(This is an excerpt from Assisted by John Stockton and Kerry L. Pickett.)
“ One of the highlights of the whole trip, for me, was draping the medal on Nada and the boys. Clearly it meant a lot to each of them—but to some more than others. Houston, at four, handled the medal almost reverently, seemingly understanding some of the deeper meaning behind the gold pendant. As he passed the medal on to Michael, Houston seemed to understand that his little brother wouldn’t be quite so careful. He tried to coach him on a little delicacy. The advice went unheeded. Michael immediately began twirling the ribbon that held the medal around his finger. Before anyone could react, he shot it toward a steel cabinet handle. The medal-on-metal collision put a nick in both. The object of my dreams had been damaged only minutes from the podium. After a nervous pause, as everyone waited for my reaction, we all exhaled together. At three and a half, Michael obviously didn’t mean to damage the medal, and he had provided me with a story I would tell for years. The nick has come to represent the best of Olympic memories. We draped the damaged goods over one-year-old David and snapped some pictures so he could someday feel included".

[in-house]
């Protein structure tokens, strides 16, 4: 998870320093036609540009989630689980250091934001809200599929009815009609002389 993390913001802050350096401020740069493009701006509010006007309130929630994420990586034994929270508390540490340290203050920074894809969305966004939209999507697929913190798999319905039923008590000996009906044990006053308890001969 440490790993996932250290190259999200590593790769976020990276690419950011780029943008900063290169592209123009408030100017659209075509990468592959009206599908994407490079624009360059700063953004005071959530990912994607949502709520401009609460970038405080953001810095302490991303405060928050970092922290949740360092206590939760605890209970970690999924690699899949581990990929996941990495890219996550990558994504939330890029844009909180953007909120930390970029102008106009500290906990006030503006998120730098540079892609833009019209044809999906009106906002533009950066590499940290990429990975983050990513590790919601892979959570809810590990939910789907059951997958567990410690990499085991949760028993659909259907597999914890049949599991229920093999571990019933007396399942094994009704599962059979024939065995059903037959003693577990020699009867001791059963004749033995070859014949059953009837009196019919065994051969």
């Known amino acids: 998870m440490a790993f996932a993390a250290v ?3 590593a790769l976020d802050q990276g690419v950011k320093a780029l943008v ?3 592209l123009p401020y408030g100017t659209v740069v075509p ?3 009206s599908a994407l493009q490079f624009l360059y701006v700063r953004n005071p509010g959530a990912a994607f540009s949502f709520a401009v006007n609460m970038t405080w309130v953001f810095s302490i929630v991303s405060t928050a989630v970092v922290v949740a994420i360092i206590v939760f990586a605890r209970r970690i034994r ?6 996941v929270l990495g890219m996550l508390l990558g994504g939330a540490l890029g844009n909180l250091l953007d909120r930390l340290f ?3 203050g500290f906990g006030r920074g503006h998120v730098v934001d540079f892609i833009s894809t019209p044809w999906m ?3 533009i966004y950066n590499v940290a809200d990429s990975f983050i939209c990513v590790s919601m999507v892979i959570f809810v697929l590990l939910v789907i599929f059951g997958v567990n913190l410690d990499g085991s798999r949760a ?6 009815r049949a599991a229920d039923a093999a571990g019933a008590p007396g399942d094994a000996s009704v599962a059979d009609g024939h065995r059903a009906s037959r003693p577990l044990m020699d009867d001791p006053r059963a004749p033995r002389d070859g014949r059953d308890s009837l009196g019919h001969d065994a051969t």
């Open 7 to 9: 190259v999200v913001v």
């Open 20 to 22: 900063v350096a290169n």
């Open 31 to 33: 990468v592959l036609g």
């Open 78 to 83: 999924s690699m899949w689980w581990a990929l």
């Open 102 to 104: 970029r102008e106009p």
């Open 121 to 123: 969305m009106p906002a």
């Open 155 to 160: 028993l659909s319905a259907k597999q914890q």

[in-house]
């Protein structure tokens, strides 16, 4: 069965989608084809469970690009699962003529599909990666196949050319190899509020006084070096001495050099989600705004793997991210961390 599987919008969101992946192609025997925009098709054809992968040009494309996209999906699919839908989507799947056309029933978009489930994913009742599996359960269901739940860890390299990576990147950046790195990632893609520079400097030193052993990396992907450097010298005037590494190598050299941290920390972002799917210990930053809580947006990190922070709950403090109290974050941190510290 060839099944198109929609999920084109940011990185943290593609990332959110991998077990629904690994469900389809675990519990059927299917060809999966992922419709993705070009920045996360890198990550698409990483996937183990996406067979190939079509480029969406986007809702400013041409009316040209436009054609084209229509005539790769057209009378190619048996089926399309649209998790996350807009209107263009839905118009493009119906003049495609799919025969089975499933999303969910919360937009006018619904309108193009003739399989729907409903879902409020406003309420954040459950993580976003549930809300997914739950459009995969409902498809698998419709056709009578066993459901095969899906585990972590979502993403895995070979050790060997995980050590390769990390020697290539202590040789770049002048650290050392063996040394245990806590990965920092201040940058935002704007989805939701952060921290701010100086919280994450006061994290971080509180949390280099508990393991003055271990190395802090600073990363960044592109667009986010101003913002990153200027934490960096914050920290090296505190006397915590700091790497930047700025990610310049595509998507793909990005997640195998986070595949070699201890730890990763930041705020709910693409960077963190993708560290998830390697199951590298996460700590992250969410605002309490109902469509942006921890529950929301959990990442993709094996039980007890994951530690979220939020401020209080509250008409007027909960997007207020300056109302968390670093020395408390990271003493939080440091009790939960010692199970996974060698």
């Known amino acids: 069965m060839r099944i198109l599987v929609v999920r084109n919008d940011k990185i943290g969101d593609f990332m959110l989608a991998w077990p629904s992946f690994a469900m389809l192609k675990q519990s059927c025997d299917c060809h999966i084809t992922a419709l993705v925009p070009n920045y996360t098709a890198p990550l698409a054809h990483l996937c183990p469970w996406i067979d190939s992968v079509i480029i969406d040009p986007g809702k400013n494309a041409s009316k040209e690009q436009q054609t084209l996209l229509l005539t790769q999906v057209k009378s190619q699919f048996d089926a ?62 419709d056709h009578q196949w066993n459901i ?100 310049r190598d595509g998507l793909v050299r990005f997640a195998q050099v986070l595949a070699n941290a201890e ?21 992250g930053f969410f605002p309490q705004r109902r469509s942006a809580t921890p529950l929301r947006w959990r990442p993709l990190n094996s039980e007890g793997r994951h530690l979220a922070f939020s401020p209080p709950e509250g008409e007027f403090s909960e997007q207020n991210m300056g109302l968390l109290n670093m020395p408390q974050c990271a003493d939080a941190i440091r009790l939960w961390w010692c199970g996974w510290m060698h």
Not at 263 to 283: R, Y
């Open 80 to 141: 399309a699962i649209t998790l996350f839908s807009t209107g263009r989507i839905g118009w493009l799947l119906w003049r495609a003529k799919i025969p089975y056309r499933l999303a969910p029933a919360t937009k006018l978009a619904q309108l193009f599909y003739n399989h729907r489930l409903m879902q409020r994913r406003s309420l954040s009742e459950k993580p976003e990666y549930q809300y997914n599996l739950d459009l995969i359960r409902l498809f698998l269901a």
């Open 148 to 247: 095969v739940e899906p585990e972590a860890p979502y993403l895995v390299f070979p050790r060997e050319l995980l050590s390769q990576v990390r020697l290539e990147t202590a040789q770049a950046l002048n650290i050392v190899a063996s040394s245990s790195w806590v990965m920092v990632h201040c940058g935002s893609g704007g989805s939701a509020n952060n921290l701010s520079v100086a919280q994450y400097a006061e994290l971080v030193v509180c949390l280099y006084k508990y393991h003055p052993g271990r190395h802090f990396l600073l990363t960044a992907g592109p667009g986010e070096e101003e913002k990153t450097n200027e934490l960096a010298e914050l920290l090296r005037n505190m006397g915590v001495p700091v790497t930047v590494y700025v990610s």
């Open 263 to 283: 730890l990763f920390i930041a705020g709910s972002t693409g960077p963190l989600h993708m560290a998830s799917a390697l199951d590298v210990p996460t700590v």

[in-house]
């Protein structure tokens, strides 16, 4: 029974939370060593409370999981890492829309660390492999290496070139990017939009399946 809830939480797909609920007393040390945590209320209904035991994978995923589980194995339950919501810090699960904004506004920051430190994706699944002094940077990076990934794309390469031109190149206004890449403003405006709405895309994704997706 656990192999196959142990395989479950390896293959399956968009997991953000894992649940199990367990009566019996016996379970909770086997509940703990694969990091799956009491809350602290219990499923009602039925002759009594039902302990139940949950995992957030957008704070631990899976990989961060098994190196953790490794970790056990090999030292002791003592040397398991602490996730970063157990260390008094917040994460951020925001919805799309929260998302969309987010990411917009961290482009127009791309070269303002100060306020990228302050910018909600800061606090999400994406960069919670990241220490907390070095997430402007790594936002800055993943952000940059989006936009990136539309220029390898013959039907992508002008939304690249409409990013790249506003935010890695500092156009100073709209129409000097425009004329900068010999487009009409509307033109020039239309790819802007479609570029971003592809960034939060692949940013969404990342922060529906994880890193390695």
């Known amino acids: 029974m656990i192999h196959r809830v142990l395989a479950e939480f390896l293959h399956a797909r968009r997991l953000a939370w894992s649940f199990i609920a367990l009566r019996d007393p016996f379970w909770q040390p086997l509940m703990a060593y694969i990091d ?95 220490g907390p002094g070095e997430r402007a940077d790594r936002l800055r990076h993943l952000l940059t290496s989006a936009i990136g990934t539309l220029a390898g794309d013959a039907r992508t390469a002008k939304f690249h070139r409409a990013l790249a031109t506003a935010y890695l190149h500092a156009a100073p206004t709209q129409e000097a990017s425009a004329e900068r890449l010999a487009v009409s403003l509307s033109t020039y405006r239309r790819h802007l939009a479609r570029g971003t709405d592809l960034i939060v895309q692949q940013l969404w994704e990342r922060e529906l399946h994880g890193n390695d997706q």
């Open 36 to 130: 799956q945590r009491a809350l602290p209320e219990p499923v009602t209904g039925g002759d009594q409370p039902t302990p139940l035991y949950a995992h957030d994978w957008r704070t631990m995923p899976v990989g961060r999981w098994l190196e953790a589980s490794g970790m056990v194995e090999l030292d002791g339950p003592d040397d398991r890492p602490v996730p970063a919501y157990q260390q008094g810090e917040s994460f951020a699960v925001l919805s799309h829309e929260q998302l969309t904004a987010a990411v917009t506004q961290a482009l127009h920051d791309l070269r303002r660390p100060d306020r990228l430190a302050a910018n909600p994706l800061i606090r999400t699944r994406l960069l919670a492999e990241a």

(John Stockton and Kerry L. Pickett, Assisted: An Autobiography [Salt Lake City: Shadow Mountain, 2013], 224–25).